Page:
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Why Tesla stock went up again

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This article was originally published on Fool.com. All figures quoted in US dollars unless otherwise stated.

What happened

A little over two weeks after it announced receipt of “conditional approval” to open its $5.5 billion gigafactory in the town of Grünheide near Berlin, Tesla (NASDAQ: TSLA) officially announced the factory’s opening on Tuesday. Reports say that CEO Elon Musk literally danced in joy at the opening.  

Investors are pretty happy, too, because today, Tesla stock is up 3.3% as of 11:05 a.m. ET. 

So what

Why is this such a big deal for Tesla? As The Wall Street Journal explained yesterday, Tesla plans to grow its Berlin gigafactory to the point where it will be able to produce 500,000 cars per year — but that’s just one part of the good news.  

By building cars in Europe, Tesla will be able to avoid both the cost of shipping cars to Europe from plants in the U.S. and China as well as import tariffs — two factors that should lower the price of its cars, encourage more sales in Europe, and make Tesla better able to compete with local car rivals such as BMW and Volkswagen. As Musk said in a statement, “[It] makes a huge difference to capital efficiency to localize production within a continent.”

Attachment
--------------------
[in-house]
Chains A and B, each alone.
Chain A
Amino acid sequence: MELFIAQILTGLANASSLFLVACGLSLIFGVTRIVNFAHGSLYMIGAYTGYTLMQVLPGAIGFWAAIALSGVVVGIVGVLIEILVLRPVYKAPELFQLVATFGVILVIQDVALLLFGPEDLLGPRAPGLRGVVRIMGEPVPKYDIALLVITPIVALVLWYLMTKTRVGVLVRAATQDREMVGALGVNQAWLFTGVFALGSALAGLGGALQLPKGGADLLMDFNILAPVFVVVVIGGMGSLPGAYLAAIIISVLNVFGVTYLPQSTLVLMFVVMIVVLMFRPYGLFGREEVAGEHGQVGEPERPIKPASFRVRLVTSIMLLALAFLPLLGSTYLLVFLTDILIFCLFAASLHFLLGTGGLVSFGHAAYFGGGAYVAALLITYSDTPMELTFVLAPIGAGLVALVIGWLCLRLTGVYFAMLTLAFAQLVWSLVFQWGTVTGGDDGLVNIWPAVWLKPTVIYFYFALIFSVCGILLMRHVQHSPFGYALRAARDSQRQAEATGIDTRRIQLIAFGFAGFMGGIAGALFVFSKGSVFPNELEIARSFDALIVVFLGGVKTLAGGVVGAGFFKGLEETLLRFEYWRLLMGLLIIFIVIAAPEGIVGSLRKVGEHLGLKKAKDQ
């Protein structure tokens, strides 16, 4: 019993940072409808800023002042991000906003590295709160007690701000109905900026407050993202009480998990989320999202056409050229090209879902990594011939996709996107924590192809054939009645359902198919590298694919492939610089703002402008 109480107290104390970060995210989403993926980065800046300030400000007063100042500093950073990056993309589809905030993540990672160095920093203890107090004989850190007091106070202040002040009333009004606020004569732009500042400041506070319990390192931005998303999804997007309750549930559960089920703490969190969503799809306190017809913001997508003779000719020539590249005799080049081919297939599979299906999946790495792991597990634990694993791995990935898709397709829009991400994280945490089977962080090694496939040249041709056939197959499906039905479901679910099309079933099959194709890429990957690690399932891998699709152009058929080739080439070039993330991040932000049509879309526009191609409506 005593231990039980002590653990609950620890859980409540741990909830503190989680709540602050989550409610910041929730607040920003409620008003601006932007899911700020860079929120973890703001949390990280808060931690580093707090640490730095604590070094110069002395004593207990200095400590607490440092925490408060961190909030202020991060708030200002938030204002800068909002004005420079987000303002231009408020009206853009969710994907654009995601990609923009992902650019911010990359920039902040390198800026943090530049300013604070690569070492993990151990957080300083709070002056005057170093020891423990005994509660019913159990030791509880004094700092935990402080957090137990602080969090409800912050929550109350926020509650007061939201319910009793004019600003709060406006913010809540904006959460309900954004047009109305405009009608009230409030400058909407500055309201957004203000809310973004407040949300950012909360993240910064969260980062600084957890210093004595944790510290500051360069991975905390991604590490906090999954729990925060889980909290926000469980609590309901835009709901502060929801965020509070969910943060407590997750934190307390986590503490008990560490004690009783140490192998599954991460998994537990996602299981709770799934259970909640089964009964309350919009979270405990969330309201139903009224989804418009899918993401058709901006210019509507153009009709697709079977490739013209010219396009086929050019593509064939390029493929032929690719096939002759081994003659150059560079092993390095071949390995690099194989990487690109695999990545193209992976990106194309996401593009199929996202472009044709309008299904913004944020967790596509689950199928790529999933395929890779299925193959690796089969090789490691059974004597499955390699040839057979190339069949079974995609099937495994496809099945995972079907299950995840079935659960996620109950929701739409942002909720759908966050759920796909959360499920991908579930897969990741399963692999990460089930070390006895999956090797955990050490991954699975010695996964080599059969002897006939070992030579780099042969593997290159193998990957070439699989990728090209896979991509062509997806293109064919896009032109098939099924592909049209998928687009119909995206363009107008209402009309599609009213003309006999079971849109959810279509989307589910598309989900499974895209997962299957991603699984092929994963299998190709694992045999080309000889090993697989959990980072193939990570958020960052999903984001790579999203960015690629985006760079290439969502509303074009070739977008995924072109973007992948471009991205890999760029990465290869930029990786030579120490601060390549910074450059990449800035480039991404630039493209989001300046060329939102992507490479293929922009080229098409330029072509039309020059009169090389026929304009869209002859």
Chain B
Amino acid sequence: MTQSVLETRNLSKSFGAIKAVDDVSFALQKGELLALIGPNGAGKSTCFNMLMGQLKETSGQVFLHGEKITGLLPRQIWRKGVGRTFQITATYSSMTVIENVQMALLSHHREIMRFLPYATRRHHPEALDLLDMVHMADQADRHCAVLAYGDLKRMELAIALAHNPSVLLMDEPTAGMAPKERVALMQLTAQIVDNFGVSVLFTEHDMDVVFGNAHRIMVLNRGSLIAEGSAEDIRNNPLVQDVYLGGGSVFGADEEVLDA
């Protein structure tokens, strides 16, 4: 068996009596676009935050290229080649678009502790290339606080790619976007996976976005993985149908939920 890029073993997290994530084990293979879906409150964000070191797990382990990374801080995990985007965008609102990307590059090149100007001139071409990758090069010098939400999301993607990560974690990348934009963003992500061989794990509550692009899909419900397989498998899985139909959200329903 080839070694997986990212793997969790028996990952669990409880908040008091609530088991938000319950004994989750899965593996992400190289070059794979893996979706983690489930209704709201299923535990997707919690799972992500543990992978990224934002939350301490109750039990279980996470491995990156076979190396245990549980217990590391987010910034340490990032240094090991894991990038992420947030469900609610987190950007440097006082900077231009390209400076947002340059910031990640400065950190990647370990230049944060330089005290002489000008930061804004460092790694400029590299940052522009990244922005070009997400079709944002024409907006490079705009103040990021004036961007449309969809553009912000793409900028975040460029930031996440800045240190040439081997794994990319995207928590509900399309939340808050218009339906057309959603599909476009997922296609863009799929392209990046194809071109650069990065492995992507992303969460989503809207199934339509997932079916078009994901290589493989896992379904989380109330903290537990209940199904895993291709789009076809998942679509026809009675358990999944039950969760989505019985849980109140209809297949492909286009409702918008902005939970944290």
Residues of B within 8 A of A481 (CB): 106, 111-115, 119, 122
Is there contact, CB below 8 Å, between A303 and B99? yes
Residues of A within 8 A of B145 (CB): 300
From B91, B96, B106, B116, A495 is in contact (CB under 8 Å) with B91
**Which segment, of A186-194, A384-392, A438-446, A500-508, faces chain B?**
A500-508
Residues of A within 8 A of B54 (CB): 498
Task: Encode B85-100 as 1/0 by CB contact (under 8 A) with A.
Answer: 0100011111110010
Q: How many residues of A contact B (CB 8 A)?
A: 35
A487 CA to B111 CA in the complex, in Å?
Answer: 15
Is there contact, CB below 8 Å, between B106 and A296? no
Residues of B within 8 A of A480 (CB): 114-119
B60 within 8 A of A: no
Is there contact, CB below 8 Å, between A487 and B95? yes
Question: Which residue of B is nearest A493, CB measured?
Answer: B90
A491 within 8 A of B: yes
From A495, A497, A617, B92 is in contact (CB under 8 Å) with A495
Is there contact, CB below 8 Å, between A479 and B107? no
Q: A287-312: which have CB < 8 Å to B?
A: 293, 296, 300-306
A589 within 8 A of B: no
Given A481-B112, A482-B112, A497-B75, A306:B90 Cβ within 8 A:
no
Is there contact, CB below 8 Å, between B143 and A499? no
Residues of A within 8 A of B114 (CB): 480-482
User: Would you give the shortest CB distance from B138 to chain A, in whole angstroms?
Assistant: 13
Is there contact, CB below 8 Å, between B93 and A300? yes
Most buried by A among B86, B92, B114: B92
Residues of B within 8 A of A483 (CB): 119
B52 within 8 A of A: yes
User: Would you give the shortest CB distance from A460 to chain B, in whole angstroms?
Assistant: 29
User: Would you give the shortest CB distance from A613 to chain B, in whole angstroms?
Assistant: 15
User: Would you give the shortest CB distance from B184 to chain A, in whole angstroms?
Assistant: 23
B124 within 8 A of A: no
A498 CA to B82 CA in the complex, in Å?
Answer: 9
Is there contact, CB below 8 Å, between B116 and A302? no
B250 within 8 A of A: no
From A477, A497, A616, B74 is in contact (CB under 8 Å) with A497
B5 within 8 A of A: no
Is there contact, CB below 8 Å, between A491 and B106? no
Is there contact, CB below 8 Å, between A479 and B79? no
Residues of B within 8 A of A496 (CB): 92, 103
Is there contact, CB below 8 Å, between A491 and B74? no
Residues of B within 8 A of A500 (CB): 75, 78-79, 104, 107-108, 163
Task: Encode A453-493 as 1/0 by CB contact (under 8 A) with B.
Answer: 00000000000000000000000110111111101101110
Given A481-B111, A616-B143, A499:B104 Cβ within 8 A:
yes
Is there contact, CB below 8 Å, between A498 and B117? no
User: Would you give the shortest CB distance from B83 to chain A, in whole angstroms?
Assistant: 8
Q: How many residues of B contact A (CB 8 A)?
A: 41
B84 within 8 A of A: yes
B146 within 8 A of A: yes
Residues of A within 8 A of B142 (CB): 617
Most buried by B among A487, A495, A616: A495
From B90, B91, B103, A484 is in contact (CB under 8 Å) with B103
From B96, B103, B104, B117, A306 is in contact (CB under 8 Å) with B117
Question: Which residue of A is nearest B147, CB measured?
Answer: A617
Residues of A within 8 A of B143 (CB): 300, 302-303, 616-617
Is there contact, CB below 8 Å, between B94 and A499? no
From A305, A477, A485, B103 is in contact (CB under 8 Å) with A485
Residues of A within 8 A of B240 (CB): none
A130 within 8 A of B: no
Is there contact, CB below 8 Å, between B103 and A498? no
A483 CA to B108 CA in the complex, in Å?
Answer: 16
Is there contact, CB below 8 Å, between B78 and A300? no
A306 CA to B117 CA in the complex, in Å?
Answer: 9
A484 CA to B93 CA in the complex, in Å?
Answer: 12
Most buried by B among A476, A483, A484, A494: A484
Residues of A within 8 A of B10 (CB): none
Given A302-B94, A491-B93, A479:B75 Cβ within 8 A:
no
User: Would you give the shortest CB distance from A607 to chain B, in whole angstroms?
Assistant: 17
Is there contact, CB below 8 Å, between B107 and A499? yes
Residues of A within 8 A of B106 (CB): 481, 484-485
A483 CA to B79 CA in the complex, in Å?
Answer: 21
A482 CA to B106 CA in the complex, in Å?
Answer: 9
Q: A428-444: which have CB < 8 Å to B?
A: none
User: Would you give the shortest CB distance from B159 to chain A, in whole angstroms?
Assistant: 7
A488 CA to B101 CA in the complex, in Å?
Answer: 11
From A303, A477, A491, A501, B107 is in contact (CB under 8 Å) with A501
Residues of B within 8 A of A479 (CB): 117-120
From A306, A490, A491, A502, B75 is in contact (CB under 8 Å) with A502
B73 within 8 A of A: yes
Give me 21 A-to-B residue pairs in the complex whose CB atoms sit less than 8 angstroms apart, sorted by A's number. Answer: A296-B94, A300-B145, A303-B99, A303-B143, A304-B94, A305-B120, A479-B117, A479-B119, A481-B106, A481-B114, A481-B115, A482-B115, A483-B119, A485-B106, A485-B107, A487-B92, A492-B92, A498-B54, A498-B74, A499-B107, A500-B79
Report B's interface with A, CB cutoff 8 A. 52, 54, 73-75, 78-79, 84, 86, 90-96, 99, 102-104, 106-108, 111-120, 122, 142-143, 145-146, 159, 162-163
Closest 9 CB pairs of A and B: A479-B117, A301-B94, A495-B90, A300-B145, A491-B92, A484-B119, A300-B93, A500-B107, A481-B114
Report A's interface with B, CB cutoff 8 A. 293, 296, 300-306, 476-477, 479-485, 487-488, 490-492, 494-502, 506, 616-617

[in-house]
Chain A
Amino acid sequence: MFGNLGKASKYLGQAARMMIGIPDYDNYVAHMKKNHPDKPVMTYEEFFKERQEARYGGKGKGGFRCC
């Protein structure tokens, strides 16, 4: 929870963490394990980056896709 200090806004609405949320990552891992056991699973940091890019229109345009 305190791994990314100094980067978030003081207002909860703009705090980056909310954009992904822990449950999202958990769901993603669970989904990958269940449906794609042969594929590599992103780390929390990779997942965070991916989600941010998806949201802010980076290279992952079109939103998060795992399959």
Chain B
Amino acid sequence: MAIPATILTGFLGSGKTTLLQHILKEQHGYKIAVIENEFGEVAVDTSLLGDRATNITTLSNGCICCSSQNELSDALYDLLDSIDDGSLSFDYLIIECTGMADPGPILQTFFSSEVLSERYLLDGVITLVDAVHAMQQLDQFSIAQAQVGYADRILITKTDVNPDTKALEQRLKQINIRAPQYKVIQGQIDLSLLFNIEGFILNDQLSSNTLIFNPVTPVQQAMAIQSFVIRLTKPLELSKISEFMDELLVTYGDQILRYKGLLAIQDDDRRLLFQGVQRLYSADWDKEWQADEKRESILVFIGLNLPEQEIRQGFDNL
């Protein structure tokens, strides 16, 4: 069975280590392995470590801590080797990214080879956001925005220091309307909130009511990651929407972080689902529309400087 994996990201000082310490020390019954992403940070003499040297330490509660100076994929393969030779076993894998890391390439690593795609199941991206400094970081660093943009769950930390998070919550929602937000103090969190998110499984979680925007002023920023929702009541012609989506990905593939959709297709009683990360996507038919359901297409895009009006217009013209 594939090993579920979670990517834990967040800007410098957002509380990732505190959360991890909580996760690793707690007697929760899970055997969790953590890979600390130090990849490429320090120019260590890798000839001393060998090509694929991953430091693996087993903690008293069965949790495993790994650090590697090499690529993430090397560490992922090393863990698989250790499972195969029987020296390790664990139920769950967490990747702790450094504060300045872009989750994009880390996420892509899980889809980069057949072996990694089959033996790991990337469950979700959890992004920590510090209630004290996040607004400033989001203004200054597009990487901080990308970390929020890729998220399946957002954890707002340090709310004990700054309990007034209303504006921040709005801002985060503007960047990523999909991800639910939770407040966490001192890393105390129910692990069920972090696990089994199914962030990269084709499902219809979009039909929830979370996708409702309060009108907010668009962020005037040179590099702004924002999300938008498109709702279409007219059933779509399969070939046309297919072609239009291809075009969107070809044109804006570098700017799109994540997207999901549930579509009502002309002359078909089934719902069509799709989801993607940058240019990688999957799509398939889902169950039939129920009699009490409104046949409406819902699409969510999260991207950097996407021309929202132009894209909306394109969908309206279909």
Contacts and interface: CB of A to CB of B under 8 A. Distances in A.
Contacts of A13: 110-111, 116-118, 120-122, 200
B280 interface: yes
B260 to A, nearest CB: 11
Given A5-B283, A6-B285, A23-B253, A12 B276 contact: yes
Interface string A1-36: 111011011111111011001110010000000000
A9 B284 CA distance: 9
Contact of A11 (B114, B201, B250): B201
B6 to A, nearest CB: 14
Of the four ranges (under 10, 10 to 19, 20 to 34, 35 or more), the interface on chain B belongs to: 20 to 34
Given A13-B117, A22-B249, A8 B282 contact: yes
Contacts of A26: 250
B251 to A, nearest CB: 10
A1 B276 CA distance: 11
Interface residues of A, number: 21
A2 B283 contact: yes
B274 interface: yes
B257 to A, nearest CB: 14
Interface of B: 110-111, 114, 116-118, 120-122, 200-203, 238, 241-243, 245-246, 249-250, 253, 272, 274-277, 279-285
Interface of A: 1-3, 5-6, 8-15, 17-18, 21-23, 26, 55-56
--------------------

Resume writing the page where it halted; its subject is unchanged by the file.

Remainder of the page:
Additionally, the plant’s location in Germany will make it easier for Tesla “to tailor vehicles to local tastes,” notes the Journal, which should also help with sales.

Now what

Not that Tesla necessarily needs help. As the Journal points out, sales of electric vehicles (EVs) and plug-in hybrids in Europe nearly doubled as a percentage of overall sales last year, to 18%. Tesla’s biggest challenge at this point will be ramping up production to satisfy all the demand for EVs in Europe.

Granted, as the CEO pointed out last night, “The start of production is nice, but volume production is the hard part.” But with Tesla targeting 5,000 to 10,000 cars per week produced by the end of this year, it seems the new German plant will be at least 50% operational — and potentially even fully operational — in just eight more months, maxing out its 500,000 car-per-year capacity.  

Simply put: Tesla’s off to the races in Germany. No wonder investors are excited. 

This article was originally published on Fool.com. All figures quoted in US dollars unless otherwise stated.

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